1.1 This practice establishes minimum procedures for creating a list of plants that are invasive to a defined geographical region. 1.2 The procedures in this practice are based on the assessment of the current environmental harm and risk of future environmental harm posed by plants. The consideration of economic harm or harm to human health is outside the scope of this practice. 1.3 Lists of invasive plants generated through use of the procedures in this practice are intended to provide government agencies and others with a credible basis for decisions regarding the use of plant species. This practice is not intended to replace the procedures or lists created through legislation or regulations, both of which often consider factors other than environmental harm. 1.4 This standard does not purport to address all of the safety concerns, if any, associated with its use. It is the responsibility of the user of this standard to establish appropriate safety and health practices and determine the applicability of regulatory limitations prior to use.
Model building codes and rating systems that aim to improve the environmental performance of buildings and their sites increasingly incorporate clauses to address the ecological damage related to invasive plants in landscaping. For example, the International green Construction Code (IgCC), ASHRAE 189.1 Standard for the Design of High-Performance Green Buildings (ASHRAE 189.1), Leadership in Energy & Environmental Design (LEED) rating systems, and the Sustainable Sites Initiative rating system all contain requirements or credits to reduce the use and presence of invasive plants on a building site. The implementation of these requirements, however, is dependent on the existence of a valid list of invasive plants for the region in which the building is located. For example, the definition of invasive plant species in IgCC is as follows: INVASIVE PLANT SPECIES. Species that are not native to the ecosystem under consideration and that cause, or are likely to cause, economic or environmental harm or harm to human, animal or plant health, defined by using the best scientific knowledge of that region. Consideration for inclusion as an invasive species shall include, but shall not be limited to, those species identified on: 1. Approved city, county or regional lists. 2. State noxious weeds laws, 3. Federal noxious weeds laws. Existing State and Federal noxious weed lists are generally insufficient: most have not kept pace with the latest science in the field, and many focus predominantly on agricultural, rather than ecological, impacts. Furthermore, few local governments have yet to develop their own lists. With definitions (such as that in IgCC) dependent on the existence of local, State, and Federal lists, the invasive plant requirements in green building codes will have little effect. A standard is needed to provide government agencies as well as environmental, academic, and horticultural organizations a common approach to determining what plants are invasive to a specified area.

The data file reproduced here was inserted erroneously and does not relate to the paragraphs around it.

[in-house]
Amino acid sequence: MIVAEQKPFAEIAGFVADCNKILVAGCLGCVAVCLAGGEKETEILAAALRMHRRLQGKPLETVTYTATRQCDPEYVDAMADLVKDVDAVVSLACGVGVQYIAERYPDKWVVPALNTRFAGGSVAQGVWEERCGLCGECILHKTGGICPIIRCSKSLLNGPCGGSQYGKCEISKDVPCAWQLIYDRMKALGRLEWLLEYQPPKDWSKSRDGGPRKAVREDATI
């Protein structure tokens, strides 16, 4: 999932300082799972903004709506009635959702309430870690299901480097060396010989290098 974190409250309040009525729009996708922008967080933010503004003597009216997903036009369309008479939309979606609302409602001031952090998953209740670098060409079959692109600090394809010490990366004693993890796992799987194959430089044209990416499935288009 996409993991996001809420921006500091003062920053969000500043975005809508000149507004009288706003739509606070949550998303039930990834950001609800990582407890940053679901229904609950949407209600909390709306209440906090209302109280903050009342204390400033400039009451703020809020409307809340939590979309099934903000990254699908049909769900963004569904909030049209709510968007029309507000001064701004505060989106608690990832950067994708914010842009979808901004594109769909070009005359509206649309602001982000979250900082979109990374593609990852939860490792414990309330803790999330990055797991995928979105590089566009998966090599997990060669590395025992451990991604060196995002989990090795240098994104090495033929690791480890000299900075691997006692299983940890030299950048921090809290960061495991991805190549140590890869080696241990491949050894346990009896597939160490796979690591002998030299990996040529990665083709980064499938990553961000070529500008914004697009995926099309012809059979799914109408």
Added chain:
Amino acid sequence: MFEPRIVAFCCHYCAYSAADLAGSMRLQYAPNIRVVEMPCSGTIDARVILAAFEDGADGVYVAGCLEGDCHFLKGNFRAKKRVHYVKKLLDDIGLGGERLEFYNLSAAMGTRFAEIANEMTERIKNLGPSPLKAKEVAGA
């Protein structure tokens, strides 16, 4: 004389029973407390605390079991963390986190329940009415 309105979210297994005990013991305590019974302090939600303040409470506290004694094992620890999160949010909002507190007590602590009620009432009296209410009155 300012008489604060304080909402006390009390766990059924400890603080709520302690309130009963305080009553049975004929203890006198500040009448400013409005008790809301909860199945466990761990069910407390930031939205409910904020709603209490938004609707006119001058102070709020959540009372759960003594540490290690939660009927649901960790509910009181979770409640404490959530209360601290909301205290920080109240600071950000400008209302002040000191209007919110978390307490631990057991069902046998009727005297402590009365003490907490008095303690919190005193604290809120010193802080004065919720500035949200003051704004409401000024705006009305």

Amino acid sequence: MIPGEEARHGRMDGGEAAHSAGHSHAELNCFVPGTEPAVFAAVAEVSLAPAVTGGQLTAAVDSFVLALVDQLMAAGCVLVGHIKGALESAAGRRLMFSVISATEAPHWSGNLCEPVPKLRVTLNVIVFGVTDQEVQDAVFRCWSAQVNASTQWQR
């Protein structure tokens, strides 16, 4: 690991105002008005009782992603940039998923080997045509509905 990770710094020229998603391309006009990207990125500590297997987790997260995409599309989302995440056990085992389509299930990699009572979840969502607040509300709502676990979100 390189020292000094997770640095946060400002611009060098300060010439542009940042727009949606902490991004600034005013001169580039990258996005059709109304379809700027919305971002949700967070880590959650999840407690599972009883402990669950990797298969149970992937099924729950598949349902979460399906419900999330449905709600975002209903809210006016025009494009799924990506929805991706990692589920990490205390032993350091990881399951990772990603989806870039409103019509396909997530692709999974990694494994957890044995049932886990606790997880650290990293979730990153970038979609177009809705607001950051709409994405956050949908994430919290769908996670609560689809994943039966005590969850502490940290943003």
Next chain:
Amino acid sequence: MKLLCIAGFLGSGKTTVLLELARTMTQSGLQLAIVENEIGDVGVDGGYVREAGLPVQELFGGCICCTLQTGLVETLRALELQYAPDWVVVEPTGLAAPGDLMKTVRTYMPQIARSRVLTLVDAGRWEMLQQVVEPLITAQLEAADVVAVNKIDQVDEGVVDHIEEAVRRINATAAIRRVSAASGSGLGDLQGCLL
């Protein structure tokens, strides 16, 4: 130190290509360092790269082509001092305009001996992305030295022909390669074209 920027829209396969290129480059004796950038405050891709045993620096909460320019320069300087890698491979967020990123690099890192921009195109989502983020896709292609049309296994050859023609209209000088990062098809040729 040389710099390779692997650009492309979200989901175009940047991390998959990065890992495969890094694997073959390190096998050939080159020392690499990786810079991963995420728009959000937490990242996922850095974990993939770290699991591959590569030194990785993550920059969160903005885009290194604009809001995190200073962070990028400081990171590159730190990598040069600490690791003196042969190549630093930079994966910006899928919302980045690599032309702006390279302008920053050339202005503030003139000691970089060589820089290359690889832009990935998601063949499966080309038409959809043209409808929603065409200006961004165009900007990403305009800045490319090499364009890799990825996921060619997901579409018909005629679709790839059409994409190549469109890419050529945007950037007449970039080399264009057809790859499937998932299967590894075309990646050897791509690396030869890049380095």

Keywordsplant species; invasive alien plants; landscaping; sustainable sites; exotic pest plants
The title and scope are in draft form and are under development within this ASTM Committee.Back to Top